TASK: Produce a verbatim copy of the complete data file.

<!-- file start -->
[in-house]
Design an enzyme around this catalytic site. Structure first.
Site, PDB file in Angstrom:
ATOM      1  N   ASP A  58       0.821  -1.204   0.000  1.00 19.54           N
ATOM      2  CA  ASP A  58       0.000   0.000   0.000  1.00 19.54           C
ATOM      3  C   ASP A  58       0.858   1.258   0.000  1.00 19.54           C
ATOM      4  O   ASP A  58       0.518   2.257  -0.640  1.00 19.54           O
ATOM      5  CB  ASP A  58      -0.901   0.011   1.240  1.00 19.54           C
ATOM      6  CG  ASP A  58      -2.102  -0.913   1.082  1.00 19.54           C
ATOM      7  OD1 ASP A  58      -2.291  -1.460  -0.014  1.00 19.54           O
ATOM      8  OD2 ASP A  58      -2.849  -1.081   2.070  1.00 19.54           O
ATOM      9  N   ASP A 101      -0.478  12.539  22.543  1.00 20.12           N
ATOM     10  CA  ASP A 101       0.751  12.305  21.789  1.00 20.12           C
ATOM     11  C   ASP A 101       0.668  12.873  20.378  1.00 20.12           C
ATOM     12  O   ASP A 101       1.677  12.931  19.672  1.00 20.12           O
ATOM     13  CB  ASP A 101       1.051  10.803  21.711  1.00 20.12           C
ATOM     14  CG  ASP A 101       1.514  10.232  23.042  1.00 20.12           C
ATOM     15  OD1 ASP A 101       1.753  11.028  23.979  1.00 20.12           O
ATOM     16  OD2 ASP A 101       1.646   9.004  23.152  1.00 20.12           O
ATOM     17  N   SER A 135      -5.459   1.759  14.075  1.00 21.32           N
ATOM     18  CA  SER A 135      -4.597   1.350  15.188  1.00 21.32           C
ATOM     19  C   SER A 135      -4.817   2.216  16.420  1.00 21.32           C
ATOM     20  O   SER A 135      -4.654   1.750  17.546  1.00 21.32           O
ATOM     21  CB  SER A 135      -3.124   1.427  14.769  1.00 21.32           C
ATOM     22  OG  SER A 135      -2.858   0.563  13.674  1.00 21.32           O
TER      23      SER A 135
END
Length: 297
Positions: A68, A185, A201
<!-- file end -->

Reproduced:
[in-house]
Design an enzyme around this catalytic site. Structure first.
Site, PDB file in Angstrom:
ATOM      1  N   ASP A  58       0.821  -1.204   0.000  1.00 19.54           N
ATOM      2  CA  ASP A  58       0.000   0.000   0.000  1.00 19.54           C
ATOM      3  C   ASP A  58       0.858   1.258   0.000  1.00 19.54           C
ATOM      4  O   ASP A  58       0.518   2.257  -0.640  1.00 19.54           O
ATOM      5  CB  ASP A  58      -0.901   0.011   1.240  1.00 19.54           C
ATOM      6  CG  ASP A  58      -2.102  -0.913   1.082  1.00 19.54           C
ATOM      7  OD1 ASP A  58      -2.291  -1.460  -0.014  1.00 19.54           O
ATOM      8  OD2 ASP A  58      -2.849  -1.081   2.070  1.00 19.54           O
ATOM      9  N   ASP A 101      -0.478  12.539  22.543  1.00 20.12           N
ATOM     10  CA  ASP A 101       0.751  12.305  21.789  1.00 20.12           C
ATOM     11  C   ASP A 101       0.668  12.873  20.378  1.00 20.12           C
ATOM     12  O   ASP A 101       1.677  12.931  19.672  1.00 20.12           O
ATOM     13  CB  ASP A 101       1.051  10.803  21.711  1.00 20.12           C
ATOM     14  CG  ASP A 101       1.514  10.232  23.042  1.00 20.12           C
ATOM     15  OD1 ASP A 101       1.753  11.028  23.979  1.00 20.12           O
ATOM     16  OD2 ASP A 101       1.646   9.004  23.152  1.00 20.12           O
ATOM     17  N   SER A 135      -5.459   1.759  14.075  1.00 21.32           N
ATOM     18  CA  SER A 135      -4.597   1.350  15.188  1.00 21.32           C
ATOM     19  C   SER A 135      -4.817   2.216  16.420  1.00 21.32           C
ATOM     20  O   SER A 135      -4.654   1.750  17.546  1.00 21.32           O
ATOM     21  CB  SER A 135      -3.124   1.427  14.769  1.00 21.32           C
ATOM     22  OG  SER A 135      -2.858   0.563  13.674  1.00 21.32           O
TER      23      SER A 135
END
Length: 297
Positions: A68, A185, A201